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The colour, and the ‘moustache’ patterns on the abdomen, make this unmistakable (allows a dangerous thing to say with insects, in my experience, but I’ll stick my neck out). It’s a very common one, seen regularly in the garden and standing out for its colour alone.

Next was Platycheirus albimanus, another common hoverfly, with both male and female trapped. It is one of the varied Bachini tribe, which have black thorax, often shiny, and black faces … and the genus Platycheirus has many different species, though only two common ones with silver/bronze, rather than orange/yellow, abdomenal markings. The female (eyes are separated on female hoverflies, and meet at the top in males) shows silvery spots:

Meanwhile, the male, had more bronze-coloured, faded, spots:

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The male can be distinguished from the similar P. ambiguus by a clump of hairs on the front femur. I’ve tried to capture this under the microscope, though it’s not easy to see:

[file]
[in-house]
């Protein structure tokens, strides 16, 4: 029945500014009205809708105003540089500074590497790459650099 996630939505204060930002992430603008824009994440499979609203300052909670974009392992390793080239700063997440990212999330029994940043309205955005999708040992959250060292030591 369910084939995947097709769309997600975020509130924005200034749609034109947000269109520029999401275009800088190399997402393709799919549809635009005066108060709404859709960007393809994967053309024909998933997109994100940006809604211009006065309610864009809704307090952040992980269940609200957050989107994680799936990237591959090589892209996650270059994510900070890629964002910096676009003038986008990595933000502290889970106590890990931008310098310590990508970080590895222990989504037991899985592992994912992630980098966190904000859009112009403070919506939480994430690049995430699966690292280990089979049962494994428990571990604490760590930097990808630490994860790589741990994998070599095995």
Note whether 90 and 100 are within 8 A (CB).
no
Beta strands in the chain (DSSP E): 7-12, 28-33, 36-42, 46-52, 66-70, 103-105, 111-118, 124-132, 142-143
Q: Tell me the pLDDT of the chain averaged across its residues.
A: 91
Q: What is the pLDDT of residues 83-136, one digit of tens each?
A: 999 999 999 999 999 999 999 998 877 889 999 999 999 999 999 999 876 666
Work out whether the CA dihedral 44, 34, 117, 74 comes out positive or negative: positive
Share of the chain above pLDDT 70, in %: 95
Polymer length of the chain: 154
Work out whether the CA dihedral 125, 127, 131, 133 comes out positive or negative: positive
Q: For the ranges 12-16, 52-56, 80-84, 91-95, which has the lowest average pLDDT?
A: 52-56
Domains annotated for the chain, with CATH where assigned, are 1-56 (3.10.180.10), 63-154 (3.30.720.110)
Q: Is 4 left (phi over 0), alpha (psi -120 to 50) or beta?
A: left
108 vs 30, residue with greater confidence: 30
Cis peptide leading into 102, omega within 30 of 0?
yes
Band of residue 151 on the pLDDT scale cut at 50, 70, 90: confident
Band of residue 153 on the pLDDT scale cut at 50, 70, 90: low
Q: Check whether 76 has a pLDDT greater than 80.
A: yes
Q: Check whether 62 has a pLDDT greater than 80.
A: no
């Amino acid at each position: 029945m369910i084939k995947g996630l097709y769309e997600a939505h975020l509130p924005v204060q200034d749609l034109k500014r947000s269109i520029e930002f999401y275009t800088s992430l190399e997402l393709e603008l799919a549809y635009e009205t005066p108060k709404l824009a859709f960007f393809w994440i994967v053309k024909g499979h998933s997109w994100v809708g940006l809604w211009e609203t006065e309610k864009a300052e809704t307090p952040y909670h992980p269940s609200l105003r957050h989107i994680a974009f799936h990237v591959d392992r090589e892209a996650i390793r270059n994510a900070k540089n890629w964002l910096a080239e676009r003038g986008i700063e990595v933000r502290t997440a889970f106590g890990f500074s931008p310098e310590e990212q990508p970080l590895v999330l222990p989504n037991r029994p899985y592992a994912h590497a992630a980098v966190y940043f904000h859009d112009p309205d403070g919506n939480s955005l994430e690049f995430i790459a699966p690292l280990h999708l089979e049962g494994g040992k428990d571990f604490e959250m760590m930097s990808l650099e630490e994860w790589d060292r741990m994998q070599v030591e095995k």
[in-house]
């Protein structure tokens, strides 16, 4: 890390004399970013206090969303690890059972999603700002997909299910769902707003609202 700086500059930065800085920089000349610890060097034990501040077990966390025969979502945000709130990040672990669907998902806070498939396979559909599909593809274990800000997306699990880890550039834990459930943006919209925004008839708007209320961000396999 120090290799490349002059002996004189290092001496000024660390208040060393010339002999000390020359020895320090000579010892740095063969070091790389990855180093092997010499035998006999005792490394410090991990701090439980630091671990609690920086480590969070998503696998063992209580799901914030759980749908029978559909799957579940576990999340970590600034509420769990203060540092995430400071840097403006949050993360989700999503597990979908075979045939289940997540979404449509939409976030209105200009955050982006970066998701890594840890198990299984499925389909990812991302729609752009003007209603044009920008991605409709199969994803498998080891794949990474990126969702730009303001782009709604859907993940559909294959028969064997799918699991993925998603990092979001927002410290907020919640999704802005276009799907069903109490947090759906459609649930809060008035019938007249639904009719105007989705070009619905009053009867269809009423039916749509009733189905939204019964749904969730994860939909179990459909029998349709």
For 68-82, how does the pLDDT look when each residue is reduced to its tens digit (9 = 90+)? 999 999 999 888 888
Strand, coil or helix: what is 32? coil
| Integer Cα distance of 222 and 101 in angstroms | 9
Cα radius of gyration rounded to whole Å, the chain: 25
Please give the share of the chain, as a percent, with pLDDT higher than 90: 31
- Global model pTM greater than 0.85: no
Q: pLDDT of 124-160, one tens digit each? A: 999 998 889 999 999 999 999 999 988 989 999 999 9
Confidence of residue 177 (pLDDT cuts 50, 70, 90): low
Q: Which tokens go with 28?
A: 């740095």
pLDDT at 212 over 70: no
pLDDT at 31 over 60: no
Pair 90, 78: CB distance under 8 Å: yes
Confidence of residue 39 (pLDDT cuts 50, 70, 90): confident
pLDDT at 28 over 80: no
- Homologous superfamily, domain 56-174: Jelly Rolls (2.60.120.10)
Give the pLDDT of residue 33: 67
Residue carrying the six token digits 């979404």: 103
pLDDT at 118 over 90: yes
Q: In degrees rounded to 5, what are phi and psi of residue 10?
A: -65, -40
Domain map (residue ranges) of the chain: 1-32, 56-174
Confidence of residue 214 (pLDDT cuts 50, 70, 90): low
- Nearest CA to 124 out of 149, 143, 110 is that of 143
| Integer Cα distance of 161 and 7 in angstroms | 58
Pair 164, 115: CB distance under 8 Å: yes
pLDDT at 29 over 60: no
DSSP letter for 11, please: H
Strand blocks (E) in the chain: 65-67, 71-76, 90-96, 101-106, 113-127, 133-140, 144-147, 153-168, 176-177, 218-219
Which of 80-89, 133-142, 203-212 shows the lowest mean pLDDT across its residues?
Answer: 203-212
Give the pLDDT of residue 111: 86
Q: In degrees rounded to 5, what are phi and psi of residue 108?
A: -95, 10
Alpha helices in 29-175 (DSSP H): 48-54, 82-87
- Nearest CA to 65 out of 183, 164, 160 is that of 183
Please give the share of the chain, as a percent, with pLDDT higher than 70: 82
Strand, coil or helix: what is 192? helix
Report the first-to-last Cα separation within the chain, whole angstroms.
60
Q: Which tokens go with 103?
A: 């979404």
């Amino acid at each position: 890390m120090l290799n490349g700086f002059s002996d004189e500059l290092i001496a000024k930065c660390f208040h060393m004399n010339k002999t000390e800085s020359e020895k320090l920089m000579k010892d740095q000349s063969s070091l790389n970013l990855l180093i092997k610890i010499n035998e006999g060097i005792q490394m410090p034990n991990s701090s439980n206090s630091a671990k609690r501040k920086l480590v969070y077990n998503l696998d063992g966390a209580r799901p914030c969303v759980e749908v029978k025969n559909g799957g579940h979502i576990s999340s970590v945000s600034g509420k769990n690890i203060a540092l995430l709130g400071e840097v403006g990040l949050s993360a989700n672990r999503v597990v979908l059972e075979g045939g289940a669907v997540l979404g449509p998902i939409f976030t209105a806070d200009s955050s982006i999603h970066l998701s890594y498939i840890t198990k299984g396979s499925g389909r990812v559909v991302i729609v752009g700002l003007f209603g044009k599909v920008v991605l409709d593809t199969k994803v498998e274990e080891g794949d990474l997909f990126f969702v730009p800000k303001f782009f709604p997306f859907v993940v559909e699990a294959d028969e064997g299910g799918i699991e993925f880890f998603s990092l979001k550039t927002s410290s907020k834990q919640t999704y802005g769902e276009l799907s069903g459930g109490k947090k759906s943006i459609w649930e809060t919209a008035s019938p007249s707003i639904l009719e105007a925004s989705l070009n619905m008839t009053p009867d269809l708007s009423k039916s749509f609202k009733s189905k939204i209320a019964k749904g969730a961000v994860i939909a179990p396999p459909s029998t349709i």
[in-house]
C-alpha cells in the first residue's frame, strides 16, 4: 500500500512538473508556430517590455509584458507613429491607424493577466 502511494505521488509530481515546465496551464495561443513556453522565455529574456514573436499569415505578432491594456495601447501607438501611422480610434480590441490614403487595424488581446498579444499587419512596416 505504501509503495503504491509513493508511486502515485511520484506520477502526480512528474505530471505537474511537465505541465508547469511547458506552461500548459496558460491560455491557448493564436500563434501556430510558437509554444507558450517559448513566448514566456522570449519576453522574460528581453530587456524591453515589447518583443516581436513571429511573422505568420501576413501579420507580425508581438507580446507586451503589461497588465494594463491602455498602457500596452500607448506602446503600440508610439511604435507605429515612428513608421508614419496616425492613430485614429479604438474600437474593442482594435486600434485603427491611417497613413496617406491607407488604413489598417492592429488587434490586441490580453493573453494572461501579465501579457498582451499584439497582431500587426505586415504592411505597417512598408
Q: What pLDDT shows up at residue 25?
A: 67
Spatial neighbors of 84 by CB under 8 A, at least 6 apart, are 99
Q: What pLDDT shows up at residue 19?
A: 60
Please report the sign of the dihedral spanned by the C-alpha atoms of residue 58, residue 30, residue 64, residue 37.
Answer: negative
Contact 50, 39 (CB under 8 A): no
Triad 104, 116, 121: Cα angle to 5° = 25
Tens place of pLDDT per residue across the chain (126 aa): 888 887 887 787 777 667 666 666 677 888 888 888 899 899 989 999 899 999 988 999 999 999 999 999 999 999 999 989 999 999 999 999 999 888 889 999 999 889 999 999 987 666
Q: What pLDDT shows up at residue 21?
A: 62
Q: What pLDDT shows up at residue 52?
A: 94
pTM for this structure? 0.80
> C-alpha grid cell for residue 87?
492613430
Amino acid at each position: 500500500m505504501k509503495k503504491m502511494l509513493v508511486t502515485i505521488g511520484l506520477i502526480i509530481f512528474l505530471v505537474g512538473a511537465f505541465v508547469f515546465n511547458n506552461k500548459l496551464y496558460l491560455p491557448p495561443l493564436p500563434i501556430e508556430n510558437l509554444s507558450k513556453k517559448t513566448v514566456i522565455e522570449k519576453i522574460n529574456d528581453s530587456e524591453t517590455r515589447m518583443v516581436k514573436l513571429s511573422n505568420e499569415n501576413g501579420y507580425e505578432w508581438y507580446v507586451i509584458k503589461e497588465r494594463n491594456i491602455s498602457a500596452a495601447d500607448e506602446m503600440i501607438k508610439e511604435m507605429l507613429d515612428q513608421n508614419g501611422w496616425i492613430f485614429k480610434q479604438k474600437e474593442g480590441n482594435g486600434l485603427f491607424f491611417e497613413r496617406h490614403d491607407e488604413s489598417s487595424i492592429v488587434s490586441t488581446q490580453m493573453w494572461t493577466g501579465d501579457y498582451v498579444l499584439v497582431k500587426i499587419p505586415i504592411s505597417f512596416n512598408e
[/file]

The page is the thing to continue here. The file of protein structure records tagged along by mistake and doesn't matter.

The final slim hoverfly was like the Bachini, but from the genus Melanostoma: M. scalare:

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The female has the distinctively-shaped orange pattern on the abdomen. The other British Melanostoma, M. mellinum, is similar but females can be told apart by scalare having large ‘dust spots’ between the eyes, above the mouth – the two grey, triangular patches on the photo below:

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Apparently, in mellinum these dust patches are much smaller.

As ever, all this information is new to me and I’m learning as I go, taking it straight from two great books: the photo field guide by Ball and Morris, and the classic text ‘British Hoverflies’ by Stubbs and Falk. Each is wonderful, the former giving lots of information,, clear photos, and great distribution data; the latter being more focused on the key along with Falk’s wonderful hand-painted illustrations in the back. I recommend them both.